Deposit Insurance Corporation of Japan


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Deposit Insurance Corporation of Japan

A semi-governmental organization in Japan that insures deposits in banks. That is, if a bank fails, the DICJ will reimburse all lost funds of depositors up to 10 million yen. Unlike some other deposit insurers, the DICJ does not cover foreign currency deposits. The DICJ was established in 1971.
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The various bank rescue operations in Japan were administered primarily by the Deposit Insurance Corporation of Japan (DICJ).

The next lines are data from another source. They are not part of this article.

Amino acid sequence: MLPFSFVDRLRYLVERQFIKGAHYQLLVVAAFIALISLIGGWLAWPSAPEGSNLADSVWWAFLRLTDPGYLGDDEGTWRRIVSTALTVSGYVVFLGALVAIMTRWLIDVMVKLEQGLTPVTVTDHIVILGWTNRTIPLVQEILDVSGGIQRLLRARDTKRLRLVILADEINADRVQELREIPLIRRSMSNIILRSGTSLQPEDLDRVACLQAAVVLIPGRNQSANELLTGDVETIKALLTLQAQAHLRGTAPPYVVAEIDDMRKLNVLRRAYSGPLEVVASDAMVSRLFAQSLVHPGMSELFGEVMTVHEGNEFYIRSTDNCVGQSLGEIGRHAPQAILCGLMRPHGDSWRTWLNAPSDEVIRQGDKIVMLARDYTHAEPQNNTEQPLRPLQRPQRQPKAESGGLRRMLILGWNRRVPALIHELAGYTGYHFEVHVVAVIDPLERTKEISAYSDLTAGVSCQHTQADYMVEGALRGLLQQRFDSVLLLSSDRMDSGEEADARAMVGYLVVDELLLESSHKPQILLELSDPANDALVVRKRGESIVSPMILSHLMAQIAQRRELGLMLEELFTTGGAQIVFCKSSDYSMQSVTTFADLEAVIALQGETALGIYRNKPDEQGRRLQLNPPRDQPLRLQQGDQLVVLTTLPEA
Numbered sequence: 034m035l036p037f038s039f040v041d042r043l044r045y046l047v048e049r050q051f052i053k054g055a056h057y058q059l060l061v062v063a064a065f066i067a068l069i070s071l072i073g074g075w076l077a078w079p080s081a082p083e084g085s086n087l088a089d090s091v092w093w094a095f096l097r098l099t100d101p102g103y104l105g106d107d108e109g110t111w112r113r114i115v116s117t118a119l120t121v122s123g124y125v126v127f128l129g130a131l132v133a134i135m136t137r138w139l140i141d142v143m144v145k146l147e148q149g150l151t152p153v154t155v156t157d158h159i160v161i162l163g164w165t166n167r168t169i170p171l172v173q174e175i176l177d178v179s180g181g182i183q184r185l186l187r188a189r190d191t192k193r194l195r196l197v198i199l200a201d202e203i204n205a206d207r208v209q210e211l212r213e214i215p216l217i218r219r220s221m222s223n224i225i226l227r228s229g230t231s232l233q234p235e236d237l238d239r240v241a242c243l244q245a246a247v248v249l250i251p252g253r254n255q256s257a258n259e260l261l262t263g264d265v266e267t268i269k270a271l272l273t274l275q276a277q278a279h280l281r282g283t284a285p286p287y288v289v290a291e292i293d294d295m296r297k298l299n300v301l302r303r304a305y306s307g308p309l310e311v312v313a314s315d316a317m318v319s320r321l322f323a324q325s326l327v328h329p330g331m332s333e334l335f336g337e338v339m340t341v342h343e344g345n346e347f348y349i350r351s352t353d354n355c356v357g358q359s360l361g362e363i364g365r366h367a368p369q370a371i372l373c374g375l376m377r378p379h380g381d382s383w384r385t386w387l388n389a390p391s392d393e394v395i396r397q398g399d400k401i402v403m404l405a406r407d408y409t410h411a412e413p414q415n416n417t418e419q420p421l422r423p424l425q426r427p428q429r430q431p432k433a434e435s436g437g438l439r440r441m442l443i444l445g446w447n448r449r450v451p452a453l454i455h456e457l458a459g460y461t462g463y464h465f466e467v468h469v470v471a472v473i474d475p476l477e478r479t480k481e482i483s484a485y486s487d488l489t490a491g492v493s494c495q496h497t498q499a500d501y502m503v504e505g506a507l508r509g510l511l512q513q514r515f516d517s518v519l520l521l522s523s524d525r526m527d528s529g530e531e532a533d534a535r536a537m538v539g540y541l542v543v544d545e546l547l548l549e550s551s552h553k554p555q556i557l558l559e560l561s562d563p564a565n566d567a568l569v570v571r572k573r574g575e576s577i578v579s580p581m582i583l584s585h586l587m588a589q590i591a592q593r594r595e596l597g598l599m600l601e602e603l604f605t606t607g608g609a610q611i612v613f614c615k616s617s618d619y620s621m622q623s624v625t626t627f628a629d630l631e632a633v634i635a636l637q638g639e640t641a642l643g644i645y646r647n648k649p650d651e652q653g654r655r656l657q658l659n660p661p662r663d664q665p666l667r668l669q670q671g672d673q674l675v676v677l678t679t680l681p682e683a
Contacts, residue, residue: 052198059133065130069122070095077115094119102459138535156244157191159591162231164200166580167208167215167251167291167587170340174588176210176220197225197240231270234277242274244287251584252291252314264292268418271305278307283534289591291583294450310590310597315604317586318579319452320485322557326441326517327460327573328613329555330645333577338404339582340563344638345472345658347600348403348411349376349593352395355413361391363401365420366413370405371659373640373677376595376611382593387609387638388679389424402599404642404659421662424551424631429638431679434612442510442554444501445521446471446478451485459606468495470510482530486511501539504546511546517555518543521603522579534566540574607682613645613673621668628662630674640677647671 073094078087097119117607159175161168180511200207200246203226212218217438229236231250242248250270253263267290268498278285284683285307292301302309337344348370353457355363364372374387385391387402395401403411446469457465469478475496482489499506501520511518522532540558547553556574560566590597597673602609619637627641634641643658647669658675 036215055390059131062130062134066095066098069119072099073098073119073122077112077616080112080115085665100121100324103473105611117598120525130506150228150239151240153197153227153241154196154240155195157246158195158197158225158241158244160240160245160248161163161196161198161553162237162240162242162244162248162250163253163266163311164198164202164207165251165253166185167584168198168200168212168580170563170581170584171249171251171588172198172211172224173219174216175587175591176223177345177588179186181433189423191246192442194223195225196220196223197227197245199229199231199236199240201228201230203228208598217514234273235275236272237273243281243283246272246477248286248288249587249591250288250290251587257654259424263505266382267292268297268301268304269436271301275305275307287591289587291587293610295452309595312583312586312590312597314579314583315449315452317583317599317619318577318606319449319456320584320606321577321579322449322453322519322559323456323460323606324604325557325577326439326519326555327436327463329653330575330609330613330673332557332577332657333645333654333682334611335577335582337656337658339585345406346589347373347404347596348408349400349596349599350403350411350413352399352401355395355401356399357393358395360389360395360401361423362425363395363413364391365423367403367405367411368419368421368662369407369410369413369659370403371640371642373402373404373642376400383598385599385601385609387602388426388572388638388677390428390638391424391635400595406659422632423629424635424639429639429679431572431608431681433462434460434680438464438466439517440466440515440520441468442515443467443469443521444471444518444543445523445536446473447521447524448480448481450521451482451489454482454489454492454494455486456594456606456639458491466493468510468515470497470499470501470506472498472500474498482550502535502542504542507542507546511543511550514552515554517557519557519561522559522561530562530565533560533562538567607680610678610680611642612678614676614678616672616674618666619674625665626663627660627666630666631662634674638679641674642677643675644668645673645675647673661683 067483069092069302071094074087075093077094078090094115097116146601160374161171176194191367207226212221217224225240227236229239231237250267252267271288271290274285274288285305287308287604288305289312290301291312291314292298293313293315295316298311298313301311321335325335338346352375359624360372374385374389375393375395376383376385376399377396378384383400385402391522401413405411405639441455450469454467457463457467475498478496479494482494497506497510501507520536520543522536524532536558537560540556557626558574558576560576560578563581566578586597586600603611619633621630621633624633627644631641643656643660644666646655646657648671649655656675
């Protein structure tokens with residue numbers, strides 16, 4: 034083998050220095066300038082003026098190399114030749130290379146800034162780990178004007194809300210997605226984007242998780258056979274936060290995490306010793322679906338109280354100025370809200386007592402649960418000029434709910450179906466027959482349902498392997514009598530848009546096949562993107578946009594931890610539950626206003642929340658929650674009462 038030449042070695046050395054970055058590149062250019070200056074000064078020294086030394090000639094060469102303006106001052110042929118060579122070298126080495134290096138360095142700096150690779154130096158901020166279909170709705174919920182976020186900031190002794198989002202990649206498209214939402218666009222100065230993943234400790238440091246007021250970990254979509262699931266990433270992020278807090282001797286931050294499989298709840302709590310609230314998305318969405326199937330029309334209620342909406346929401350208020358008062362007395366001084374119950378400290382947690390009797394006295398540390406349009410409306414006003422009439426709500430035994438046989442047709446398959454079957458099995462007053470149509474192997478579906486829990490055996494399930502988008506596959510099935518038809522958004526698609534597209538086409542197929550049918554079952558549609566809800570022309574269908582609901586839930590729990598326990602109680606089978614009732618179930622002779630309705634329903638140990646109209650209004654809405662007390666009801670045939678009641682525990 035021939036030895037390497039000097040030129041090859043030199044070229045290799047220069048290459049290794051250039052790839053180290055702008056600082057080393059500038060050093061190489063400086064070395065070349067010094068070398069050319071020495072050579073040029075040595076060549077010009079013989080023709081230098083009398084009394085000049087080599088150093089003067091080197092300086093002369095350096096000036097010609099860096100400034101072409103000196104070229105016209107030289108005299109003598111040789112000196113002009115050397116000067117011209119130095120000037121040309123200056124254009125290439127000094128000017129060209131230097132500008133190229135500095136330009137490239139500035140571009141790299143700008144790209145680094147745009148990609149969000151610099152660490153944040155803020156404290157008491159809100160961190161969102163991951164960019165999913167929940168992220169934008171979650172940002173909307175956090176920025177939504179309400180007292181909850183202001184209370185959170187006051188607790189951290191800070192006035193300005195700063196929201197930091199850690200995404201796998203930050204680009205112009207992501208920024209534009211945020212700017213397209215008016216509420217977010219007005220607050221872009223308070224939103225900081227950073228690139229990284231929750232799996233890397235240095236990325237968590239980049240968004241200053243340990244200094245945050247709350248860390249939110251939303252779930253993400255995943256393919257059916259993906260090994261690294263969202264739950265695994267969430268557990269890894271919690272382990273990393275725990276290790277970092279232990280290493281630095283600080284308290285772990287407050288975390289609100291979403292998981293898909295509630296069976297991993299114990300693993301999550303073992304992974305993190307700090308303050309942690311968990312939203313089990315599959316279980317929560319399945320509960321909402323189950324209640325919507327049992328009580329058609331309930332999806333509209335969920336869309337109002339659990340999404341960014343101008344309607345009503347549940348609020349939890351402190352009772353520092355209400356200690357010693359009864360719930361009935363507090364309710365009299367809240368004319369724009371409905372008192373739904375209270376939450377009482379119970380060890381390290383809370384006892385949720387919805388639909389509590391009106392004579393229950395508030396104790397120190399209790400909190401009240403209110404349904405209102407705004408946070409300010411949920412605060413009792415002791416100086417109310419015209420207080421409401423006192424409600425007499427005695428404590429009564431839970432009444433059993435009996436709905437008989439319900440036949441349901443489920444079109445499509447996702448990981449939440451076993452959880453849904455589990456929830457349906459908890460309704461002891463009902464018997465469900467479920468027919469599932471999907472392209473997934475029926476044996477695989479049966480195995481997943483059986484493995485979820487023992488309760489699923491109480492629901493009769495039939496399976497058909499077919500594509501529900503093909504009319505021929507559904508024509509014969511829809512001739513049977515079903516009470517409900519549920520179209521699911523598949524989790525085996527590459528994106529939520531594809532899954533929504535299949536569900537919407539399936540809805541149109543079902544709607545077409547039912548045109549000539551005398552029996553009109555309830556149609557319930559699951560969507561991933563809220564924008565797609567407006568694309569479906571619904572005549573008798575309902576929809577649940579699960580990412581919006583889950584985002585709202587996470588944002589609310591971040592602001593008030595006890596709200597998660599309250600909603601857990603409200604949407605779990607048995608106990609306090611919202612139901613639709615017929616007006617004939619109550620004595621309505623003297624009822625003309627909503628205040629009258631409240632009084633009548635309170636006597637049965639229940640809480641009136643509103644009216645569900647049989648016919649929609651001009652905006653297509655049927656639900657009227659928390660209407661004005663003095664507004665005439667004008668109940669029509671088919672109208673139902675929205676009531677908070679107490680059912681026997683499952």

* The government began by creating new institutions to handle emergency financial assistance but later transferred such activities to the Deposit Insurance Corporation of Japan (DICJ), an institution that already was working with troubled financial institutions.
The various bailout packages in Japan were administered primarily by the Deposit Insurance Corporation of Japan (DICJ).
The alliance, which also includes investment fund Next Capital Partners Co., will form a holding company to acquire all Ashikaga Bank shares from the governmental Deposit Insurance Corporation of Japan for 120 billion yen on July 1, the FSA said.

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